Solidarity leader Lech Walesa, marking the fifth anniversary of the trade union's creation, today delivered a new appeal for talks with communist authorities and unveiled the most comprehensive program prepared by Solidarity activists since the organization was outlawed.
"In August, we are giving a warning: We have had enough of lies. Our fatherland is being destroyed," Walesa declared during a day of peaceful anniversary ceremonies here. "We have to find a way out of this . . . and there is no way but dialogue and agreement."
Walesa announced the completion of a 500-page "report" by a group of Solidarity activists that is meant to serve as the first detailed opposition policy program since Solidarity was forced underground by the declaration of martial law in December 1981.
A 16-page summary of the document released today combines mostly familiar opposition proposals for reform in areas ranging from the economy and trade union pluralism to education, culture, health and the environment. "This should serve for discussion," said Walesa. "It shows that nobody has a monopoly on thinking about Poland."
Government authorities have long ruled out the possibility of negotiations with Walesa or other leaders of the Solidarity Union, which won unprecedented rights as the East Bloc's first independent trade union in an agreement signed here on Aug. 31, 1980.
In a press conference this week, government spokesman Jerzy Urban said Walesa's offer "was not a sincere one" and that the union leader "lives in a reality of his own invention."
Nevertheless, the release of the document and Walesa's emphasis on dialogue rather than street protests reflected a major effort by top Solidarity leaders to establish a new, long-term course for their movement.
"At this stage of our activities, we do not need masses of demonstrators fighting against police but small, wise groups of thinking people with broad horizons slowly building effective programs," Walesa said in a statement earlier this week.
More immediately, the new document may serve as a kind of opposition platform for a major test of strength with authorities in parliamentary elections. Solidarity's underground leadership has called on citizens to boycott the Oct. 13 vote, leading to government charges that the leadership offers only a negative agenda.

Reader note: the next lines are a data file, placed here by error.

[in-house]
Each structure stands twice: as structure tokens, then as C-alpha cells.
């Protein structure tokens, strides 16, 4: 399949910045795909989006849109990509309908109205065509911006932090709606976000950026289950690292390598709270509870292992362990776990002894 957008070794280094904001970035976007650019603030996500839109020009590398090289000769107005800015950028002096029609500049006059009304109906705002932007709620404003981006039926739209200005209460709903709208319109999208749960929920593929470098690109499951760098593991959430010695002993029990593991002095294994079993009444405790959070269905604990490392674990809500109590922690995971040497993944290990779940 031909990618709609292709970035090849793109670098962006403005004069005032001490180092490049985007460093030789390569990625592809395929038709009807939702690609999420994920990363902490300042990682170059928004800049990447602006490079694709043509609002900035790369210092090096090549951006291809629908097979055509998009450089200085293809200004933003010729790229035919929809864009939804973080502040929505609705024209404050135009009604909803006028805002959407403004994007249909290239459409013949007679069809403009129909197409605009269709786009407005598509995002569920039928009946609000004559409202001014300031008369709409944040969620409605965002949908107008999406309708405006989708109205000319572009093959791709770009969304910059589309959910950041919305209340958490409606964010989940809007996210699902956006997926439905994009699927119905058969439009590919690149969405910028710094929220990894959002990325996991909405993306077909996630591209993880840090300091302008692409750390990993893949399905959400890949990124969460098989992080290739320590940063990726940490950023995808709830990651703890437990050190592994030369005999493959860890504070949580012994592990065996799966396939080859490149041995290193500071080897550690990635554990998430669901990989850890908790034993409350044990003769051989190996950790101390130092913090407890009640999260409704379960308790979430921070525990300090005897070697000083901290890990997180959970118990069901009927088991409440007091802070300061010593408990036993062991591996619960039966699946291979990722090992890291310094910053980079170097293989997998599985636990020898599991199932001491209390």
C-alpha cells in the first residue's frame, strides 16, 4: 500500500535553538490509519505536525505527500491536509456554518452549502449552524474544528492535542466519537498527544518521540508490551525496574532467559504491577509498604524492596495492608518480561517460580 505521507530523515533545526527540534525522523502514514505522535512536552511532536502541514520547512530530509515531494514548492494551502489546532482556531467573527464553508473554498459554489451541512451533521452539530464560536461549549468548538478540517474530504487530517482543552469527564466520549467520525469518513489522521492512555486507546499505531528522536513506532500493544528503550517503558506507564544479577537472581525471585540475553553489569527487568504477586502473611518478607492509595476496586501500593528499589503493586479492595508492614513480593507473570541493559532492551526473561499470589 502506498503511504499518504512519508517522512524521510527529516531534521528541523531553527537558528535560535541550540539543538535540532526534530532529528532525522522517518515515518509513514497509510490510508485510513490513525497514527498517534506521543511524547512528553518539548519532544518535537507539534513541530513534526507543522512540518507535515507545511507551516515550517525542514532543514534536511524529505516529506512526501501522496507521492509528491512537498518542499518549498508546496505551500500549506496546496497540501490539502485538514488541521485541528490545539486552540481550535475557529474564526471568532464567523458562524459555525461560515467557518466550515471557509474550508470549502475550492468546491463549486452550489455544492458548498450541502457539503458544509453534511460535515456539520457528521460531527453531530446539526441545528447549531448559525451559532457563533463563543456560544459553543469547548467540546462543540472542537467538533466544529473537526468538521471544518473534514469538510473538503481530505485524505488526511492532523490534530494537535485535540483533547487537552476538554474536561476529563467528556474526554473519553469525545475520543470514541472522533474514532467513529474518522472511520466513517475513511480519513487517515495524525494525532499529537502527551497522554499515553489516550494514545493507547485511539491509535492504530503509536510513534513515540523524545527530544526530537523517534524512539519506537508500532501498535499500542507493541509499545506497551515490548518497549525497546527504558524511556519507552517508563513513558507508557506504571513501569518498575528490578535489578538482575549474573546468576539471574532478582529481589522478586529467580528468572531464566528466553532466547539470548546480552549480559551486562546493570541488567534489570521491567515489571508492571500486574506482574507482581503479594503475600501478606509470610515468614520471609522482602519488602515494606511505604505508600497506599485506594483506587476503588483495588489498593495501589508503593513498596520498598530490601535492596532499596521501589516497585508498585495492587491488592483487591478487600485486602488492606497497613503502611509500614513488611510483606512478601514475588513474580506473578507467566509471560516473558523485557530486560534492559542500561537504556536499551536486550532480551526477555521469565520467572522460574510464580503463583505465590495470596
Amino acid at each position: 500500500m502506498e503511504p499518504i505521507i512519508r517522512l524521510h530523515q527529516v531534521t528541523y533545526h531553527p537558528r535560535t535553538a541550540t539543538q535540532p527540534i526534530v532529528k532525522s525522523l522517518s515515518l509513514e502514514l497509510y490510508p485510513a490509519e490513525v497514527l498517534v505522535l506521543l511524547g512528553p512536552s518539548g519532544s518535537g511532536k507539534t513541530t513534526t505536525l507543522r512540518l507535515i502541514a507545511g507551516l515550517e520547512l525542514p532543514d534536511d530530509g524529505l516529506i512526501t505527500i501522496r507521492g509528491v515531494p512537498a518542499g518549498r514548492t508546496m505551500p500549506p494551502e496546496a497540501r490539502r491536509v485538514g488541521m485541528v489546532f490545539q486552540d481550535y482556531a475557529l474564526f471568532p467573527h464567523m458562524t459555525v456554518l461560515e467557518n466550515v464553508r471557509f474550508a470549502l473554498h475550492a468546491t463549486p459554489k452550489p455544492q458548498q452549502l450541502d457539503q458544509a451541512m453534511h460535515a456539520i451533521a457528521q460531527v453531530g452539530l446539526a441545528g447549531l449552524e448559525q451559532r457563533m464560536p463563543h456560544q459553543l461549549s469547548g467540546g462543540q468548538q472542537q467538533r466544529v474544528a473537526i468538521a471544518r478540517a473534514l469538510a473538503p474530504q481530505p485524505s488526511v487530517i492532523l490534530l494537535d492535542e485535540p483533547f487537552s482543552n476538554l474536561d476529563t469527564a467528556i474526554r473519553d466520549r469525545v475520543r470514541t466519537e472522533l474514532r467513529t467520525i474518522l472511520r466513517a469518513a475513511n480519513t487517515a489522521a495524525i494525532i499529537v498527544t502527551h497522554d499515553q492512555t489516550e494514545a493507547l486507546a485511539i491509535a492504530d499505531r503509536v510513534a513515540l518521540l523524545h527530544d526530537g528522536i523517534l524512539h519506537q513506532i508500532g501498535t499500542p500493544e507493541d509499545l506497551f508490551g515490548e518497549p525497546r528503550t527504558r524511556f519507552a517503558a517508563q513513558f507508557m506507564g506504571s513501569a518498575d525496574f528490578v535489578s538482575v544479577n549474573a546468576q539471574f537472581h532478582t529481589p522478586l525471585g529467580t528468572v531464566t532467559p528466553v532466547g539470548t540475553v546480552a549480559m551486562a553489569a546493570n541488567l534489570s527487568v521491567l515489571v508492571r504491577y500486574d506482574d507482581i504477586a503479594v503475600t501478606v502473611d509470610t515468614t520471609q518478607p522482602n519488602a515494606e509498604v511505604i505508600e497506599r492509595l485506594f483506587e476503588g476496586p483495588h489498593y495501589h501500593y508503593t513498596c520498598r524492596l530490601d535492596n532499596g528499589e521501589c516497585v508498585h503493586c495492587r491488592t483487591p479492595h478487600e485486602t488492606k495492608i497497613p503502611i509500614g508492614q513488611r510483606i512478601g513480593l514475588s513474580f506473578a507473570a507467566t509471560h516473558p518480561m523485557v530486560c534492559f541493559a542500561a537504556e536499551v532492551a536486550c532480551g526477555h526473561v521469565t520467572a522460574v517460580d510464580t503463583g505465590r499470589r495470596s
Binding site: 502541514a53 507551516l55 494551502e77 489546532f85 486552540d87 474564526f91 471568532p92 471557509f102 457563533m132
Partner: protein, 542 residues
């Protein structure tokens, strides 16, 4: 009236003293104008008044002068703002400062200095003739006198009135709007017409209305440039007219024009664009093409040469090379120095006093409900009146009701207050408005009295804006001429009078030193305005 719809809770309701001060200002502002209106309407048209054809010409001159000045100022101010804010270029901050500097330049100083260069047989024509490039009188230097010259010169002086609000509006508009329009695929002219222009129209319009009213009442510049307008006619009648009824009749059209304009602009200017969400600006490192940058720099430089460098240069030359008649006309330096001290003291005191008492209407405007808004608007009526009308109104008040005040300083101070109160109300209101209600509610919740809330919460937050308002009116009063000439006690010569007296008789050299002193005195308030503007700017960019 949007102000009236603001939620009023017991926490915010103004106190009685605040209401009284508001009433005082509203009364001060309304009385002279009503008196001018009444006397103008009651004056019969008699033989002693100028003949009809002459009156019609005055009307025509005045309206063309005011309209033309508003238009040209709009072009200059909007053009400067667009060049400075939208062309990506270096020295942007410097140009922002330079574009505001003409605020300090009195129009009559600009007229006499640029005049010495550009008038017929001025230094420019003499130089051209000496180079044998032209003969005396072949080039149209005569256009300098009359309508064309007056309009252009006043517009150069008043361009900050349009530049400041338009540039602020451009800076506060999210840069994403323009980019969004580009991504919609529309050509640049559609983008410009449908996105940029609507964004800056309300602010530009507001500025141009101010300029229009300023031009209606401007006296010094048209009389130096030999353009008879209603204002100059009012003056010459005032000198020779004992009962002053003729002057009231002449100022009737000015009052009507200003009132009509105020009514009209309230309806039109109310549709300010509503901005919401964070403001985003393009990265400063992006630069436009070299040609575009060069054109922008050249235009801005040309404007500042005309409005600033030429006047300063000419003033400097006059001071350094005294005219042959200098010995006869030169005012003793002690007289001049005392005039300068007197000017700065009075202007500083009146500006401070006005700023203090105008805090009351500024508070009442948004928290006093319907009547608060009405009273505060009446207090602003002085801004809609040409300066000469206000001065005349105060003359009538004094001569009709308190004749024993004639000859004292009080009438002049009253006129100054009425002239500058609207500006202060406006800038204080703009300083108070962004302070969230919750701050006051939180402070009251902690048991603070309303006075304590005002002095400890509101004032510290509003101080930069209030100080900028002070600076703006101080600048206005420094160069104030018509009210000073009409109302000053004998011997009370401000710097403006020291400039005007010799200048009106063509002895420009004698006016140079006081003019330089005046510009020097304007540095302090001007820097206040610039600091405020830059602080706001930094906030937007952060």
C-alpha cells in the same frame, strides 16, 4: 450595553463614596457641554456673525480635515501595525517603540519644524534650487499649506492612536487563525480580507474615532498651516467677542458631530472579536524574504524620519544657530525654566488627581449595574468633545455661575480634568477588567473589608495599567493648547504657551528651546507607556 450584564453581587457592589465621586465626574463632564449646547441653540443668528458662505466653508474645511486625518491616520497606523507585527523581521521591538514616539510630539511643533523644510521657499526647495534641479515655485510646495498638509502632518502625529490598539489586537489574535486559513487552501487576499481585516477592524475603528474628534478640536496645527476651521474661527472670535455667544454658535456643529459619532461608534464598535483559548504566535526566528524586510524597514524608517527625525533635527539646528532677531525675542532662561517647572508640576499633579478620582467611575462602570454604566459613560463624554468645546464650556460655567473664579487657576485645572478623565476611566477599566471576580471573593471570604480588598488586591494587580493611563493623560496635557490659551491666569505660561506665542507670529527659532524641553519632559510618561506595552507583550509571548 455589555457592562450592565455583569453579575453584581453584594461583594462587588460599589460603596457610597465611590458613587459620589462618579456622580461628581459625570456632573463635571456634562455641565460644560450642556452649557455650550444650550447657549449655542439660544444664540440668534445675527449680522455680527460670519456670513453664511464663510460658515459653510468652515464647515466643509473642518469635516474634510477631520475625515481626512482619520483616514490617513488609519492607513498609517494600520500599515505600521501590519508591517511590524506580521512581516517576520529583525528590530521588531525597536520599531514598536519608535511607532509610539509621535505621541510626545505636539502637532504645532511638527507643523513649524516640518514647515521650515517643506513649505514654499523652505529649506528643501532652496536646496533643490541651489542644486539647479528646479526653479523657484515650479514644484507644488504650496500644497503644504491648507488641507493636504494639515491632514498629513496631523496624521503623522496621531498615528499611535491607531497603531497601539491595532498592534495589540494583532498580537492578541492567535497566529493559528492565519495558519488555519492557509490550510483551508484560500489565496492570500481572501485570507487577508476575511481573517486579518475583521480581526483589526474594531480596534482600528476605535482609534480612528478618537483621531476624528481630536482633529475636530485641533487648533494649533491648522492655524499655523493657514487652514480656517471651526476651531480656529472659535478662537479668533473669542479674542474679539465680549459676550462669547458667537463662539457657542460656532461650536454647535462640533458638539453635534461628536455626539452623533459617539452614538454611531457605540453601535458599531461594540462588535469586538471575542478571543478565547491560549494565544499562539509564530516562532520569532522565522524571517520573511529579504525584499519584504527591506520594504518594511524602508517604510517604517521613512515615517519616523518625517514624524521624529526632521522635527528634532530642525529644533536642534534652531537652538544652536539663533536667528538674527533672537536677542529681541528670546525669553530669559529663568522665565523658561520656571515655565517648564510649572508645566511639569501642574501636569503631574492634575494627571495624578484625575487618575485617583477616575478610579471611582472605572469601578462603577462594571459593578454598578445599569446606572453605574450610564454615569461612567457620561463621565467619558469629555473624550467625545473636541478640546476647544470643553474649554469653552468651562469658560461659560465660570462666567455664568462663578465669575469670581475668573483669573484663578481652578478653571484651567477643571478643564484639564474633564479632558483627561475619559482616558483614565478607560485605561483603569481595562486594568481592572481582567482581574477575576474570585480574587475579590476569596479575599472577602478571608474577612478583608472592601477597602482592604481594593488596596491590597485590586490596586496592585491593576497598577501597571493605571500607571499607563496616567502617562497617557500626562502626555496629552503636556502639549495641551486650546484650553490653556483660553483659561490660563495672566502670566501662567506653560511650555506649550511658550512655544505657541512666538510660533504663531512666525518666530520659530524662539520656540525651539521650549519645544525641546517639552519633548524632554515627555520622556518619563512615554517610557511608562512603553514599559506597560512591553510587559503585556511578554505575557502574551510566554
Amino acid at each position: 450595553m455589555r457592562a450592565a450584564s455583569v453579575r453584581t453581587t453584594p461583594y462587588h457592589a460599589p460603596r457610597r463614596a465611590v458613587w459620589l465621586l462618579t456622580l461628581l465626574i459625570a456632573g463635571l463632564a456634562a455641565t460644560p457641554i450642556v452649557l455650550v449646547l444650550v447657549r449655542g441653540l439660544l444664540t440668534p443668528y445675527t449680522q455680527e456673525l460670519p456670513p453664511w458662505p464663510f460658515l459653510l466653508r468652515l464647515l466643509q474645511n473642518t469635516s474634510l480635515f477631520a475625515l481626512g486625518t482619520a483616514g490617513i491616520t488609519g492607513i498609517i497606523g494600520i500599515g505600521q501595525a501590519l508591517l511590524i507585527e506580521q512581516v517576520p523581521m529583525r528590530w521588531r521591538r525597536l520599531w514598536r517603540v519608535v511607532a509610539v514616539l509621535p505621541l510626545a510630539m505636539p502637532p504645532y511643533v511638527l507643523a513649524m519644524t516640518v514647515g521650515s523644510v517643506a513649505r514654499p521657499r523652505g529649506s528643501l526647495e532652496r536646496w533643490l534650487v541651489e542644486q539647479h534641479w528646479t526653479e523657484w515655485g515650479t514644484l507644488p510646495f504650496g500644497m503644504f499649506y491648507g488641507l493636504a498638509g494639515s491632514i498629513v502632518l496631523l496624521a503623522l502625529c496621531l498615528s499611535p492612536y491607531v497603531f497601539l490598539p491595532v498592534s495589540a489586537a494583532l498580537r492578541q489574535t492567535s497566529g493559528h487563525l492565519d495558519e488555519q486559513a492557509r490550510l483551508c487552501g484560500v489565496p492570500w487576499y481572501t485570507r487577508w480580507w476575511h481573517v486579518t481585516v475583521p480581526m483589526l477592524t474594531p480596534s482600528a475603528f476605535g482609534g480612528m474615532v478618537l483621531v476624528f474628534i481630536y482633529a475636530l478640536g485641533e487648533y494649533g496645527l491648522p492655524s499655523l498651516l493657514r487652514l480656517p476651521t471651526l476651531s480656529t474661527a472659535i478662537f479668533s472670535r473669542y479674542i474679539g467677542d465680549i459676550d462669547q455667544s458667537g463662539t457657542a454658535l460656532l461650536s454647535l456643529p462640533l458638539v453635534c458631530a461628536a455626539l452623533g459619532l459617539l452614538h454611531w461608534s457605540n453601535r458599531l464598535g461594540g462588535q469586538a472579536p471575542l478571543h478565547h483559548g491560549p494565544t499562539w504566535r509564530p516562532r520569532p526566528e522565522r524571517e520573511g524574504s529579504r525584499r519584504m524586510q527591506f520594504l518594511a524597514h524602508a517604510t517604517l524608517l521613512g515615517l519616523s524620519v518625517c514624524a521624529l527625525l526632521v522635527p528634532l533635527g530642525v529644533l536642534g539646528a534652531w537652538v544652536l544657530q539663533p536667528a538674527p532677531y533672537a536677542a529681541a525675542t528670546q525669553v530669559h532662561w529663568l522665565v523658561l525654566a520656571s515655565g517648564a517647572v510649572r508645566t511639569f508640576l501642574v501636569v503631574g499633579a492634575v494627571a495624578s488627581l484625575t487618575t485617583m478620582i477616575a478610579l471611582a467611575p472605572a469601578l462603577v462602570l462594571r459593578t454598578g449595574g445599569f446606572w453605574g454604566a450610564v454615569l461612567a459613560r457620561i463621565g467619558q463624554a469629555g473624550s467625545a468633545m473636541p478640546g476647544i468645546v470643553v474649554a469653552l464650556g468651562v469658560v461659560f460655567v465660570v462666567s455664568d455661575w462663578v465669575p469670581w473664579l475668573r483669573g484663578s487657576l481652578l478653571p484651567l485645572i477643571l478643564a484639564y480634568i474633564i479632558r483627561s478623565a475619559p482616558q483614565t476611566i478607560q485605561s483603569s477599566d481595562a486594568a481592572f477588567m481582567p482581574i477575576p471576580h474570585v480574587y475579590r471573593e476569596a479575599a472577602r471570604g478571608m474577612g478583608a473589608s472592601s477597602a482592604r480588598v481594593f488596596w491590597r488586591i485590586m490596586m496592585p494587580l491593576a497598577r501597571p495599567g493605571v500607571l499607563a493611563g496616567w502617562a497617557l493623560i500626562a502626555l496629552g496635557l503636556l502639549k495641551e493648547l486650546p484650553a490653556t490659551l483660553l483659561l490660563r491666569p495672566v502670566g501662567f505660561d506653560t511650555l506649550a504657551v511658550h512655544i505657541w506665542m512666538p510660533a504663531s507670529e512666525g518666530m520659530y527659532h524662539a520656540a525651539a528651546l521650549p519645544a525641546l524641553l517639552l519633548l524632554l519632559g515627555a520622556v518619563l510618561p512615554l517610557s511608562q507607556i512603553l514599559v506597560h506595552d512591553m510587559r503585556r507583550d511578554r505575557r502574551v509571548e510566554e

"It is not true that we are always saying 'no,' " Walesa said today. "We have positive proposals. We want to talk, but the condition of this is truth."
With Saturday's anniversary falling on a work holiday, Walesa chose this afternoon to stage his now familiar anniversary gesture of laying a wreath at the monument outside the Lenin shipyards, where the Solidarity movement began with a sit-down strike.
Walesa emerged from the shipyard gates shortly after his work shift ended this afternoon to the cheers of several hundred supporters. Police, who at first sought to disperse the crowd, left before Walesa arrived to lay the wreath and lead the singing of Poland's national anthem.
Aside from masses today and Saturday, no further public ceremonies or demonstrations have been planned. No arrests or disturbances were reported here today.
In a press conference at St. Brigida's Church after the wreath-laying, Walesa said that he had deliberately sought to prevent a street protest by leaving the shipyard shortly after completing his shift.
"I don't want to fight with the authorities; I want to look for an agreement," he added. "We should look for agreements, but not in the street."
The document announced by Walesa as a basis for such a dialogue, entitled "Poland Five Years After the August," appears to focus on outlining weaknesses in government policies while reiterating Solidarity proposals for change dating from both before and after its 18-month legal existence.
The summary, divided into five parts to reflect the book's five chapters, restates many of the 22 demands incorporated into the Gdansk agreement five years ago, such as trade union pluralism, decentralization of economic decision-making, an end to state censorship of the press and reform of education.
However, it also lauds the development of an underground culture since the 1981 military takeover and forcefully describes a growing gap between official policies and propaganda and national life.
"The deepest cause of the Polish crisis is a destruction of the elementary mutual trust between the people and the authorities," it says.
"A dichotomy of public life is deepening," the document says.